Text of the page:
• CommentAuthorgrenville
    • CommentTimeMay 19th 2007
     
    This is like a diary. I'm back in Singapore, but only Changi airport thank God, while I wait for a flight to Melbourne. 200 free internet terminals, swimming pool, sauna, massage (no happy finish offered, though) movie theatre -- Changi is the best airport in the world by a wide margin. Its a great place to transit. I like the new Singapore Airlines biz class cabin. Its the first time in a dozen flights I've had the new Krisworld movie setup -- 700 CDs to choose from and make your own play list (I liked 3 of them) but not a great selection of movies. Air New Zealand and Emirates (the other two current class act biz class airlines) have a more challenging selection of art movies. When Singapore is involved expect bland, inoffensive entertainment. There was once a Singa movie called, if I recall, 15, about kids staying out late and not doing their homework. It played one night at the local film festival for a select audience over the age of 21 and then it was banned.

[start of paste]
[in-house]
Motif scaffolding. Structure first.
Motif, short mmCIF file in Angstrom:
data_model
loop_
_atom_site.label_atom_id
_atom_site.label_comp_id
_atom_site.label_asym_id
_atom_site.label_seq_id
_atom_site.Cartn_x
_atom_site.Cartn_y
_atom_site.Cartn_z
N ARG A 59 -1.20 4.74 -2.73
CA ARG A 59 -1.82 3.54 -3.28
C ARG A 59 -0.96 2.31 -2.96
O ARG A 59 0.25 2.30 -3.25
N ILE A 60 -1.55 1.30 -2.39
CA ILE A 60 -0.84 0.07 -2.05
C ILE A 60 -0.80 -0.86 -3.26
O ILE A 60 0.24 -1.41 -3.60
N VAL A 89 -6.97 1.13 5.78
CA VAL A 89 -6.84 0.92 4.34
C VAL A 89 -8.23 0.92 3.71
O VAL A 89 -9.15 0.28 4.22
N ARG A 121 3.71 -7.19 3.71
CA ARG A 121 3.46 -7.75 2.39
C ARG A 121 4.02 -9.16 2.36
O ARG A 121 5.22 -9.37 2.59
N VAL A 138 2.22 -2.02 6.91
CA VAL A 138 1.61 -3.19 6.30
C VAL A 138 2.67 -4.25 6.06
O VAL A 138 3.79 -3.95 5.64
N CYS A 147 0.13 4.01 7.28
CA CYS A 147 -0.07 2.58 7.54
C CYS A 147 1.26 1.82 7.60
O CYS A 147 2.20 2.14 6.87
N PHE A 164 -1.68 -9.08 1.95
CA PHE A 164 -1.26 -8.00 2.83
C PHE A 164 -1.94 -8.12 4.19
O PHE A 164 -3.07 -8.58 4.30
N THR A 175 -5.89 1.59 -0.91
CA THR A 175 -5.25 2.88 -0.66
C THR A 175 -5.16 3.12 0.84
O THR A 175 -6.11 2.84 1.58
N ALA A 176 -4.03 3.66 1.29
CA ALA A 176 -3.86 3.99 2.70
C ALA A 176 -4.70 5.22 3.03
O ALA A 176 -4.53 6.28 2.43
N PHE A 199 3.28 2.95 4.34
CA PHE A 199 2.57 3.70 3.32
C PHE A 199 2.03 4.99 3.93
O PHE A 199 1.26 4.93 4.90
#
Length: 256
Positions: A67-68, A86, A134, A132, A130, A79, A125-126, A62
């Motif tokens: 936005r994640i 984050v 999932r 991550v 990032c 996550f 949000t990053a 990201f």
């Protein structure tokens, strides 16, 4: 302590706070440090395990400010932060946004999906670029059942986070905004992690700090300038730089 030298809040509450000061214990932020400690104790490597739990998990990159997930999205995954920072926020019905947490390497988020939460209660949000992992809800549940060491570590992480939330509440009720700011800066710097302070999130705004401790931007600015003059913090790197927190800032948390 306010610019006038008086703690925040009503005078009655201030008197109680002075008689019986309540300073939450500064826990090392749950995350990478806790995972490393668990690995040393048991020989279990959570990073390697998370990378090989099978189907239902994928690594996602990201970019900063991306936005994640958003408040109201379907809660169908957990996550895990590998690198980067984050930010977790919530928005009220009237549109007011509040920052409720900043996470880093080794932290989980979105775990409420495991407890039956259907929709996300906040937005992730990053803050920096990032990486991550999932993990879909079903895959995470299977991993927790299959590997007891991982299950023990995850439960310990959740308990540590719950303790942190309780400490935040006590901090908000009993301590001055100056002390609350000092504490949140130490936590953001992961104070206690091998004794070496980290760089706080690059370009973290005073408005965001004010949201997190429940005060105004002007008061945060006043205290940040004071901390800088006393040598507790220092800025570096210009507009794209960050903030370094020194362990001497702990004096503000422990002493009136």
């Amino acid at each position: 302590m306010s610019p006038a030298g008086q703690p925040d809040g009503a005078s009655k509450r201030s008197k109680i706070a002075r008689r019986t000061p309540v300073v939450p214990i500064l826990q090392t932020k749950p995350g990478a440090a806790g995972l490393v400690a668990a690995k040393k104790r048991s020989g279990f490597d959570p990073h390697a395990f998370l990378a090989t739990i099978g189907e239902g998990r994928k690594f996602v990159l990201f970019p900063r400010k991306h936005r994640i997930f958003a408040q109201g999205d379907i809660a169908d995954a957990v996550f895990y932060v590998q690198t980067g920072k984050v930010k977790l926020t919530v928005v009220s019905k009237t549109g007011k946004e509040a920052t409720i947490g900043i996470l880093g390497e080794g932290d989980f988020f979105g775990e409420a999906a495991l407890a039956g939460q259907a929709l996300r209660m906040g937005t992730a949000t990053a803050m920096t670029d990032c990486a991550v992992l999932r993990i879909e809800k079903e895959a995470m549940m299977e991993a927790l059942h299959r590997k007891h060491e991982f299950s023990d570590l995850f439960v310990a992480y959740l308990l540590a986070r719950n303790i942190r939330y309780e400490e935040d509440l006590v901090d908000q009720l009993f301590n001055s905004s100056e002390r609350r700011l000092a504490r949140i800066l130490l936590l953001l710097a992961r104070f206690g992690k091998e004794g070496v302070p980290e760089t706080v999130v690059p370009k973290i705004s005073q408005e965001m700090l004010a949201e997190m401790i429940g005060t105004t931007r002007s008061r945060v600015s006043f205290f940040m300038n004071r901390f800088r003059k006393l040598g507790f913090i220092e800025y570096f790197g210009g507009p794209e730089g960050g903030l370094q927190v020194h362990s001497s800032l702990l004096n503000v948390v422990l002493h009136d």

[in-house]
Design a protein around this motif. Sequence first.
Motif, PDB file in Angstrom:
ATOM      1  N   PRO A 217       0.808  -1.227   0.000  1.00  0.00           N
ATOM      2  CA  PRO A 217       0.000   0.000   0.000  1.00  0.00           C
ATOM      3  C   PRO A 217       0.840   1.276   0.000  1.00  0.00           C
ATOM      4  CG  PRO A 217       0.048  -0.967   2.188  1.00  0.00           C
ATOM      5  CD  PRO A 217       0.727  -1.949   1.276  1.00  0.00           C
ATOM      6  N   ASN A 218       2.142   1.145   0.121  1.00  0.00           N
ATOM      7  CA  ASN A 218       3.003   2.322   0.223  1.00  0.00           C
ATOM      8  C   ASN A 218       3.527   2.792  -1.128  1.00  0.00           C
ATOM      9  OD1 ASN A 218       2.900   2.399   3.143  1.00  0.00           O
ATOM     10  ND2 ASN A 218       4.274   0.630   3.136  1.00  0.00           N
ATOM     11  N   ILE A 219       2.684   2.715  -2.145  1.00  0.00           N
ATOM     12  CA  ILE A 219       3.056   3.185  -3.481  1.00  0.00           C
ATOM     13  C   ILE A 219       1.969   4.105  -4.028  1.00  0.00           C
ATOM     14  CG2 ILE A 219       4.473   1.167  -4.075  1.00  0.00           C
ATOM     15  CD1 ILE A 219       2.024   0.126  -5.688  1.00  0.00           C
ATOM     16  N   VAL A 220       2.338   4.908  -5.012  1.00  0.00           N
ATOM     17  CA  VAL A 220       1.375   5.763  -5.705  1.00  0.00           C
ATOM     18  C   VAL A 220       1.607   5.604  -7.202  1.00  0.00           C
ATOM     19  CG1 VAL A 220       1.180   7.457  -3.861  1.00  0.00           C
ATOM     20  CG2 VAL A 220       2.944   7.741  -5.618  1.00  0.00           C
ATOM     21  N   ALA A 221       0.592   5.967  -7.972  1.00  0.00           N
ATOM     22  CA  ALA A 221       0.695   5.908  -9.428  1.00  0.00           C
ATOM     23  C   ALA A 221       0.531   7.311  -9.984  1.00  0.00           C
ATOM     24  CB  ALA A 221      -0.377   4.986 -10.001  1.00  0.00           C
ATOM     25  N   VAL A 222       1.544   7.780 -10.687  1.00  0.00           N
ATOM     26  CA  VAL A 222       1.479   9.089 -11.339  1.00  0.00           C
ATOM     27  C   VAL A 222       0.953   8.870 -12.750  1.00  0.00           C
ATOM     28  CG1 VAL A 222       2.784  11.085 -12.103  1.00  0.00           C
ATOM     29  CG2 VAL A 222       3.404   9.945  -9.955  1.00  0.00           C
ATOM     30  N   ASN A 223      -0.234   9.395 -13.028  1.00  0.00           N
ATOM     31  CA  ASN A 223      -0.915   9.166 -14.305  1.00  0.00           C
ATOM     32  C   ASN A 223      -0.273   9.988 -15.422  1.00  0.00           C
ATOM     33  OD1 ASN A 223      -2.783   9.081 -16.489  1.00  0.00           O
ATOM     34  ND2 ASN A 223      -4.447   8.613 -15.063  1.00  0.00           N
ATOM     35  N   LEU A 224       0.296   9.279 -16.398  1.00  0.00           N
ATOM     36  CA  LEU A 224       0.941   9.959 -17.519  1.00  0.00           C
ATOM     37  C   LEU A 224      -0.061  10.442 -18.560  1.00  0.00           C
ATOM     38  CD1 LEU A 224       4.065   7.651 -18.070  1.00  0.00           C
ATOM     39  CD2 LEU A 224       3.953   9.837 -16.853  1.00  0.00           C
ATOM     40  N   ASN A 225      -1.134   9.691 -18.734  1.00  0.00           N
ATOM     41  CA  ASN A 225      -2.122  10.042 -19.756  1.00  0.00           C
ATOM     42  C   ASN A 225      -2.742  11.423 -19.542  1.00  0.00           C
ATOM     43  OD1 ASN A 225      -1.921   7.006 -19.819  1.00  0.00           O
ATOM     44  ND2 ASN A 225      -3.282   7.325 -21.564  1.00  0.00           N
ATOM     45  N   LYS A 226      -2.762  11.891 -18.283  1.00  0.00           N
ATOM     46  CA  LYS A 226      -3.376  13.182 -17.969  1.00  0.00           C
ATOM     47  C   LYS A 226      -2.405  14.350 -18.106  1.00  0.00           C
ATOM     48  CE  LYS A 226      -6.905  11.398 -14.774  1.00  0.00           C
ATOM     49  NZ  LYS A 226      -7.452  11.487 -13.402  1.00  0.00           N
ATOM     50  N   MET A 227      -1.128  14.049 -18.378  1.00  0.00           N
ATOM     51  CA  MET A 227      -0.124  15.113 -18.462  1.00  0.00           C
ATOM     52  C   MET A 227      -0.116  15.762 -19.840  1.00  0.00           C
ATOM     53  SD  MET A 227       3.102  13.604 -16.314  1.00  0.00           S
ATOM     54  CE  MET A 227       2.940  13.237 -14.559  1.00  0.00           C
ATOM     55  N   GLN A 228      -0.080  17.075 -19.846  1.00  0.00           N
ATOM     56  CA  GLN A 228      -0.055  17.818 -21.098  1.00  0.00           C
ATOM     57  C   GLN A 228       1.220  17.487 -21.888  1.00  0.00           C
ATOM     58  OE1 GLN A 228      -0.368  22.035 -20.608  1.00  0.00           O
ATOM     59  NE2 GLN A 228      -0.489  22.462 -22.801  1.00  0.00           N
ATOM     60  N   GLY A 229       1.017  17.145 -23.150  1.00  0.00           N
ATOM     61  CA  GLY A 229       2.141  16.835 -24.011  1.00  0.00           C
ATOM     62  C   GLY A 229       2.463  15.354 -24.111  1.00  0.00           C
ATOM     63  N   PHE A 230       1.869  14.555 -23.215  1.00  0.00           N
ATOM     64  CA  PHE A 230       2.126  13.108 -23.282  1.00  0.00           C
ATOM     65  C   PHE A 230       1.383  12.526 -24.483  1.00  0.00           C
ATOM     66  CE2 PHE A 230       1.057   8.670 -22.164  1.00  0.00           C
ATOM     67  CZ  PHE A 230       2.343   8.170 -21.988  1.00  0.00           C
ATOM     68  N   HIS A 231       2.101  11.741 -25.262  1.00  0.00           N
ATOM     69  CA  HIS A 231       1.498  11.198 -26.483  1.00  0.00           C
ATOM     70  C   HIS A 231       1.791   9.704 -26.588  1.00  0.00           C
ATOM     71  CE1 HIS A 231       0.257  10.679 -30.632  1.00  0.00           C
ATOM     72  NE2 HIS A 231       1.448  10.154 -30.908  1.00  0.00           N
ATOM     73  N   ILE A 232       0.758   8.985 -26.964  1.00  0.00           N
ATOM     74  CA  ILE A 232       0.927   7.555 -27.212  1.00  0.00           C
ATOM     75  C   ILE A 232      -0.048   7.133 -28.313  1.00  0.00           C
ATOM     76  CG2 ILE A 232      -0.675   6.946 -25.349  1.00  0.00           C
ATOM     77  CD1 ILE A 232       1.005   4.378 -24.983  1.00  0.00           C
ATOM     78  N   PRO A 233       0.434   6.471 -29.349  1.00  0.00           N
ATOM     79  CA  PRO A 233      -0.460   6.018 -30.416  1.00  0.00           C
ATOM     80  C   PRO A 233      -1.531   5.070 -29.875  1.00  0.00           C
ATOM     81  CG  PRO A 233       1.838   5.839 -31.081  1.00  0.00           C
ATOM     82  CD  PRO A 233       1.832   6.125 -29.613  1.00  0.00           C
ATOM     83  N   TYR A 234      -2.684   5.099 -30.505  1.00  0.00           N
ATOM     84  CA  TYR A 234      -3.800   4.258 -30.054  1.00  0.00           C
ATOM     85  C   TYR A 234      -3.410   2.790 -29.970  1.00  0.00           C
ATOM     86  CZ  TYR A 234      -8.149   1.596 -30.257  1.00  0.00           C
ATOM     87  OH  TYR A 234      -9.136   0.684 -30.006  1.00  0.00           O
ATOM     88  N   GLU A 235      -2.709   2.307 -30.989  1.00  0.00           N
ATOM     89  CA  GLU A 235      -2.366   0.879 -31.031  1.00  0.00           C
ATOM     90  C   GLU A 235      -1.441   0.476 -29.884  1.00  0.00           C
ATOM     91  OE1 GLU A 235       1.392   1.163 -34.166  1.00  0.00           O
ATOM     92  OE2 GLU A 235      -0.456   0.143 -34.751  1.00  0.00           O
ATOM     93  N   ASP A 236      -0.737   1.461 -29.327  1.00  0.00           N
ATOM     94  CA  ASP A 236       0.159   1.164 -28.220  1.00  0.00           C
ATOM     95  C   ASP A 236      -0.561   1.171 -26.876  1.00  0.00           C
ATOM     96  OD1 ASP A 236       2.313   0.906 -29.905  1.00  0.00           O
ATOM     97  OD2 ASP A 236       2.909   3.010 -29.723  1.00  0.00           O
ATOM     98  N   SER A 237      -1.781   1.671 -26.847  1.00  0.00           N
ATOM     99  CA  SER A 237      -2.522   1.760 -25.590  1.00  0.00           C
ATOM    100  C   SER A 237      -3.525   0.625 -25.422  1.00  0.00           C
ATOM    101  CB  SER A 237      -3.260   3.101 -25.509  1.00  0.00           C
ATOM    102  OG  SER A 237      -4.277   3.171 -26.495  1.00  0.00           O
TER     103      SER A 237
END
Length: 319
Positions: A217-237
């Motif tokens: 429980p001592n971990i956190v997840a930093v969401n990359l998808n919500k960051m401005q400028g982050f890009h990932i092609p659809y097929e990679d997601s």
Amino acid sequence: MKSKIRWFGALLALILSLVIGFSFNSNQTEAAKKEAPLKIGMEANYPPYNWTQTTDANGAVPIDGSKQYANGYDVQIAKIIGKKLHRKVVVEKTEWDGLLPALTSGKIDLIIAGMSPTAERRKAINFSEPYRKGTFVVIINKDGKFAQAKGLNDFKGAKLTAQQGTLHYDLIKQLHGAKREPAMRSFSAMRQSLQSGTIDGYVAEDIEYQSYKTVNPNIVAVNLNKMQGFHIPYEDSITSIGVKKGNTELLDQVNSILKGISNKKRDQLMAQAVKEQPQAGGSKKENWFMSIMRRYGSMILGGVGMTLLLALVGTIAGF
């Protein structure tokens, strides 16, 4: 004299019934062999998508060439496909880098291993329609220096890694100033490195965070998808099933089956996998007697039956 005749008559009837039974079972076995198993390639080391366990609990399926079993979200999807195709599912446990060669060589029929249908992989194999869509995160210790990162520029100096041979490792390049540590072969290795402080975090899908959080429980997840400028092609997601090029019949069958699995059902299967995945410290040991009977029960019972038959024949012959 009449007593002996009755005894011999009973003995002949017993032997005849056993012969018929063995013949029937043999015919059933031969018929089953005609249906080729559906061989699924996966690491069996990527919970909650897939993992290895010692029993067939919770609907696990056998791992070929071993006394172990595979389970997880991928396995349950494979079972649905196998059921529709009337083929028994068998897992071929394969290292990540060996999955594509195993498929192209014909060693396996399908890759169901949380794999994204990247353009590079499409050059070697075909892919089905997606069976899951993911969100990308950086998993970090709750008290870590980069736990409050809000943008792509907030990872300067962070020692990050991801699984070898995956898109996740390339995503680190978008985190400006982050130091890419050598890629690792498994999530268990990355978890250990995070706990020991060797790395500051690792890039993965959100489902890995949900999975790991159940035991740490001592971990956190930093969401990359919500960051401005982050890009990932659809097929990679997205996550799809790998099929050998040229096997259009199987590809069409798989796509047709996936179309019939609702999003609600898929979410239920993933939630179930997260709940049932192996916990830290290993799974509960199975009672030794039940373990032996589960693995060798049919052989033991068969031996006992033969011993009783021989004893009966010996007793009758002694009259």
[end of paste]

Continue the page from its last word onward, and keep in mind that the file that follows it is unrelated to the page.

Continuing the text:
Airplanes and airports (good ones anyway) are great places to chill and get some down time. I don't agree with this work while you fly stuff. One notes the ominous addition of usb ports and business software in the new backseat systems. Bad times. They'll expect us to work when we fly now. There is no rest.
    • CommentAuthorSovawanea
    • CommentTimeMay 20th 2007